Startups' human capital, especially founding teams' pre-entry experience, has long been studied as a determinant of their performance. However, little is known on the complementarities between the different pre-entry experiences and on the influence of these pre-entry experiences on startups' performance and on startups' acquisition of new human capital. My dissertation fills this gap with two essays. In my first essay, I show that two types of pre-entry experiences, target industry experience and experience outside the target industry, are complementary when one is shared across the founding team members and the other is embodied within team members who worked in multiple firms. In my second essay, I show that pre-entry experience makes potential hires more attractive to startups. However, startups appear more attractive to these potential hires if they can signal productivity and growth potential rather than prior experiences. I also find that gender affects the selection of the potential hires and their earnings suggesting the existence of disparities in the startup environment. By using interactions between different experiences, in and outside the target industry, and between different levels of analysis, the team and the individuals, my dissertation enriches our understanding of startups' human capital and its effects on performance and acquisition of talent.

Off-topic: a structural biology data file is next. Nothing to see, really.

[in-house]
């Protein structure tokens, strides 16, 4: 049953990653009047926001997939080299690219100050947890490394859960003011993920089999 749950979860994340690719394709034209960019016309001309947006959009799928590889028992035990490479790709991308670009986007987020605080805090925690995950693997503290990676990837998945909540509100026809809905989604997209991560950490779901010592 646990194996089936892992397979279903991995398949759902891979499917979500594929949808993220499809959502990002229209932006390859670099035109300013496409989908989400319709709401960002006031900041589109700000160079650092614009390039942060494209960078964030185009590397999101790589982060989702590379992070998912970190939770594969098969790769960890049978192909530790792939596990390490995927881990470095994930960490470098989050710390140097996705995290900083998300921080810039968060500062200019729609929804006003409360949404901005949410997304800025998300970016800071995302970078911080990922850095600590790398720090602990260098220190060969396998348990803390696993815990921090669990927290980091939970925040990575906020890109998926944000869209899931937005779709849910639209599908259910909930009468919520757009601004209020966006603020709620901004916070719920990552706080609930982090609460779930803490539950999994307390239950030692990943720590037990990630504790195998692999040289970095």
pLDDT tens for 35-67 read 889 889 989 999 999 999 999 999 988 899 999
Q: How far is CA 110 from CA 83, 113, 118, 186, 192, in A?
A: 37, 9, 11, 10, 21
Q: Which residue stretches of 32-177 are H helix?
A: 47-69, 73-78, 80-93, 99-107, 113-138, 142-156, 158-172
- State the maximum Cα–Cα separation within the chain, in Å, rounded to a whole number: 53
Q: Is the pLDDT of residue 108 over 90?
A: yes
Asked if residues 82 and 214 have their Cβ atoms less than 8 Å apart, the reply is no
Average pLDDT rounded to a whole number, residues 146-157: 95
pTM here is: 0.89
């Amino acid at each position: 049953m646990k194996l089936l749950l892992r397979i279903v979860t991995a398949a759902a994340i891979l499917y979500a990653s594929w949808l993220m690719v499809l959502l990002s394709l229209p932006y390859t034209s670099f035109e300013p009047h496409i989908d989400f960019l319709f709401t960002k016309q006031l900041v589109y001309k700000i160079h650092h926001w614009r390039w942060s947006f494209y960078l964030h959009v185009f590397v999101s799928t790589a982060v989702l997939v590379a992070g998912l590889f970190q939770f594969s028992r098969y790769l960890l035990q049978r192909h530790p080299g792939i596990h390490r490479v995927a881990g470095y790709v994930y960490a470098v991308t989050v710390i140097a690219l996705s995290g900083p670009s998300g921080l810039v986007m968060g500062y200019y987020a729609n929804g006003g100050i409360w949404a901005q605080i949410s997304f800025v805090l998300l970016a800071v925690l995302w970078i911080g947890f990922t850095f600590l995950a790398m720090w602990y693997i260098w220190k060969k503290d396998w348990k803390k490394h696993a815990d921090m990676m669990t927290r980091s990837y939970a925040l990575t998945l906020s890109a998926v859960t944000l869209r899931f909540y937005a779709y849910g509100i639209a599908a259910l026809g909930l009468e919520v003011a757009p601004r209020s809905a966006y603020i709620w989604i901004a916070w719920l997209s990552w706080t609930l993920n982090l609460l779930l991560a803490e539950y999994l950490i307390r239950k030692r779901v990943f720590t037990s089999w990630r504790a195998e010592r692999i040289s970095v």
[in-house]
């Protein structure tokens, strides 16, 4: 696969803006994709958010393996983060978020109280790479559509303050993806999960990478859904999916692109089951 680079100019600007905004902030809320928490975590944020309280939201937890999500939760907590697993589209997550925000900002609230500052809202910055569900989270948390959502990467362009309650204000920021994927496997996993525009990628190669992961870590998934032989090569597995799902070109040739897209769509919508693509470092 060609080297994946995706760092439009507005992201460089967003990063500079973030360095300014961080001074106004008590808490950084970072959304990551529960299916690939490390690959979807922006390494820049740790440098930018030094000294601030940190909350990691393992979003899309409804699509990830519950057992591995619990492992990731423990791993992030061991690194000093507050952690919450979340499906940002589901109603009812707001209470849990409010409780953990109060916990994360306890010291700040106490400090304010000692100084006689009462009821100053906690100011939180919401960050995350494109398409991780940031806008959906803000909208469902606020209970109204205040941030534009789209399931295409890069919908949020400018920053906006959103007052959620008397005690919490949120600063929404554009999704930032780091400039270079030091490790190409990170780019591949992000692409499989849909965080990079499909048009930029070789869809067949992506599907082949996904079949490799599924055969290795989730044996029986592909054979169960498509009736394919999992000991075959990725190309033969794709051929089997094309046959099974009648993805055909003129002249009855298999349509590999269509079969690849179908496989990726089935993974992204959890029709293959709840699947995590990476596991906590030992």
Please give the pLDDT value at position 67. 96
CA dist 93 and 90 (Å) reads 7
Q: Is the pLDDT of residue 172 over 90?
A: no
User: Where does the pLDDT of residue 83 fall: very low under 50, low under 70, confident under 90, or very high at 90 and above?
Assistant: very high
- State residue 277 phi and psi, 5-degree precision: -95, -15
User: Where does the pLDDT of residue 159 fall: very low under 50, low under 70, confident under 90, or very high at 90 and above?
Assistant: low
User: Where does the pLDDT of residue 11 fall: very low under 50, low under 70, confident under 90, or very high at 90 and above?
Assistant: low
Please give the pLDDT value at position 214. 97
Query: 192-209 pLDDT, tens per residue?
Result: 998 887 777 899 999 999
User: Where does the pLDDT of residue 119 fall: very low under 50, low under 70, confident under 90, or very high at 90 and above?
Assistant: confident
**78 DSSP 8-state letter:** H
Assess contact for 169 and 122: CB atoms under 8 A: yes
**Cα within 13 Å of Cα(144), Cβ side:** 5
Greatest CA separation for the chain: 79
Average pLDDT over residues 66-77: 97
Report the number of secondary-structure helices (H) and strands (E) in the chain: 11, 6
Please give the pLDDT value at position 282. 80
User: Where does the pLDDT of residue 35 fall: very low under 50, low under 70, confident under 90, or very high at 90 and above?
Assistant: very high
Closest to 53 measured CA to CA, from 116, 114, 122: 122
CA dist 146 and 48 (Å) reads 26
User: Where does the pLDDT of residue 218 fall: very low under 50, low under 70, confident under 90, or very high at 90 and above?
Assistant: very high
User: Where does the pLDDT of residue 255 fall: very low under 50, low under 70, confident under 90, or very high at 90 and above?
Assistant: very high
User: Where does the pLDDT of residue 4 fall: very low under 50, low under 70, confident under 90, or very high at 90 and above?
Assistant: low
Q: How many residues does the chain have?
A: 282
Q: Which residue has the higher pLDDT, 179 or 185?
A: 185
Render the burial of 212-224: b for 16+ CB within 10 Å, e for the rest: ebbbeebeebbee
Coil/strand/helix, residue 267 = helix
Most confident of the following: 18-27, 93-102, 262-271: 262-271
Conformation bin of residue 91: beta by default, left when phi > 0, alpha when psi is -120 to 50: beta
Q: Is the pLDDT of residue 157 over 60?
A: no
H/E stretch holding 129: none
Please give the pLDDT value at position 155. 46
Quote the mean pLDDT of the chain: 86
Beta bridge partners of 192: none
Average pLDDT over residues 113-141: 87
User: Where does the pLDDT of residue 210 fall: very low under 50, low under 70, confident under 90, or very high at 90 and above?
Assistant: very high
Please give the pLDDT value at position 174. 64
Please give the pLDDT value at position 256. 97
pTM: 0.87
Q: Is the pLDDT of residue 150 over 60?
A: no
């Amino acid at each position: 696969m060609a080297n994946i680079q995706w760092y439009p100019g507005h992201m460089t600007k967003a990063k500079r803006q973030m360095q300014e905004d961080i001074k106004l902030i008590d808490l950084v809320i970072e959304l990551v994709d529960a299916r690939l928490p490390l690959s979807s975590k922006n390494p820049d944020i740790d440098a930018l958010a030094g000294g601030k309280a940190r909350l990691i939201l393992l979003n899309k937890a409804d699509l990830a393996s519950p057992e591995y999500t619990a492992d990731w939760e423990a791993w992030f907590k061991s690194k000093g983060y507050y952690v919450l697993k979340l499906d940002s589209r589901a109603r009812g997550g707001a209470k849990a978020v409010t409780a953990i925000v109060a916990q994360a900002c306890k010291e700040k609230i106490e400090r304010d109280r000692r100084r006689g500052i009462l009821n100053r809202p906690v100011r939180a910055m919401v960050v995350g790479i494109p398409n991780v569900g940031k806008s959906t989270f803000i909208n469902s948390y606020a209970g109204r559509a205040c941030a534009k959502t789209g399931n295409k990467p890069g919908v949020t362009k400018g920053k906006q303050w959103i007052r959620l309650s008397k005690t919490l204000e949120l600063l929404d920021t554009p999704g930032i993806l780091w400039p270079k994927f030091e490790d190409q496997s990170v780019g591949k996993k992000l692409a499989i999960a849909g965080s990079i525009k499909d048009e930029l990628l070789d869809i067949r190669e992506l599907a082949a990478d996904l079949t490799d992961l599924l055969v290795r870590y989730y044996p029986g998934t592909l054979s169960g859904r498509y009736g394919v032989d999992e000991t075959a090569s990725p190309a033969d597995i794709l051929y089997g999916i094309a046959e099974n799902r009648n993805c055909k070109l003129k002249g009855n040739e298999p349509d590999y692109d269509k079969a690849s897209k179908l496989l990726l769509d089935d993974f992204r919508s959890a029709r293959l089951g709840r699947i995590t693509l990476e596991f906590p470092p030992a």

University of Minnesota Ph.D. dissertation. June 2015. Major: Business Administration. Advisors: Harry Sapienza, Martin Ganco. 1 computer file (PDF); vi, 118 pages.
Entrepreneurial Teams' Human Capital: From Its Formation To Its Impact On The Performance Of Technological New Ventures.
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